At first glance, this is too high for the Sooners, who lost Ryan Broyles to graduation, and may well have lost Jaz Reynolds and Trey Franks to disciplinary measures. But in Kenny Stills, Oklahoma brings back one of the top outside receivers in the conference, somebody who had 61 catches for 849 yards and eight touchdowns in 2011. But is he even the best outside receiver on his own team? True freshman Trey Metoyer was the country's top receiver coming out of high school, then spent last year at a prep school to qualify. He put together a massive spring and has the look of an impact guy. If Oklahoma wants to go with a jumbo look, the Sooners could toss out Courtney Gardner (6-3 215) to pair with the 6-1 Stills and 6-2 Metoyer. If not, keep an eye on somebody like true freshman Sterling Shepard as a potential slot guy. Durron Neal and Derrick Woods could also have a chance to play as true freshmen.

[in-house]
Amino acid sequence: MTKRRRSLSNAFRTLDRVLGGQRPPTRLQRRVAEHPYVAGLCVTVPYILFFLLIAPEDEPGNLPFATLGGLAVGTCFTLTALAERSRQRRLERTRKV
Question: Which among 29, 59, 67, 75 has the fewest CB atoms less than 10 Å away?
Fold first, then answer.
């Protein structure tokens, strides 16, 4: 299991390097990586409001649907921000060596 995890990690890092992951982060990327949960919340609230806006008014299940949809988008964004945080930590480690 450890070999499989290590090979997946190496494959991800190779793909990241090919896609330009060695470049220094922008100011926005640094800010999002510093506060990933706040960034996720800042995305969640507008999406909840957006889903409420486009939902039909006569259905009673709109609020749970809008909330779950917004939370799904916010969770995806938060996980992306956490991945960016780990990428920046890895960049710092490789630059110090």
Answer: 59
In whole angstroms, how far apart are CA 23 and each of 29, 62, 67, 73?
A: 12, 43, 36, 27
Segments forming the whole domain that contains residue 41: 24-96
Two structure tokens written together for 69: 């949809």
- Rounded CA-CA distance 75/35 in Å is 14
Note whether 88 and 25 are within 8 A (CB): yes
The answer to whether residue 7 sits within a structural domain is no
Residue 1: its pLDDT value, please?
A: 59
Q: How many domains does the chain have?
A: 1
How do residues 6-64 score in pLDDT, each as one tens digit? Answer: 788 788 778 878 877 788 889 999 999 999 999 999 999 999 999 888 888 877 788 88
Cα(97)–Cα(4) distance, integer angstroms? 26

The Horned Frogs have an advantage over most teams in the league in that they can go four-deep in their receiving corps without losing a beat, and with all four players providing something different. Thick outside receiver Josh Boyce does an outstanding job of beating man-to-man coverage, and finished just two yards shy of 1,000 last yearn while averaging 16.4 yards per catch and snagging nine touchdowns. Skye Dawson is one of the Big 12's fastest players and can get the ball in a variety of situations. Brandon Carter could be ready to emerge as a slithery player with great ball skills. And the emergence of redshirt freshman Ladarius Brown in the spring gives the Horned Frogs a huge 6-4, 220-pound target.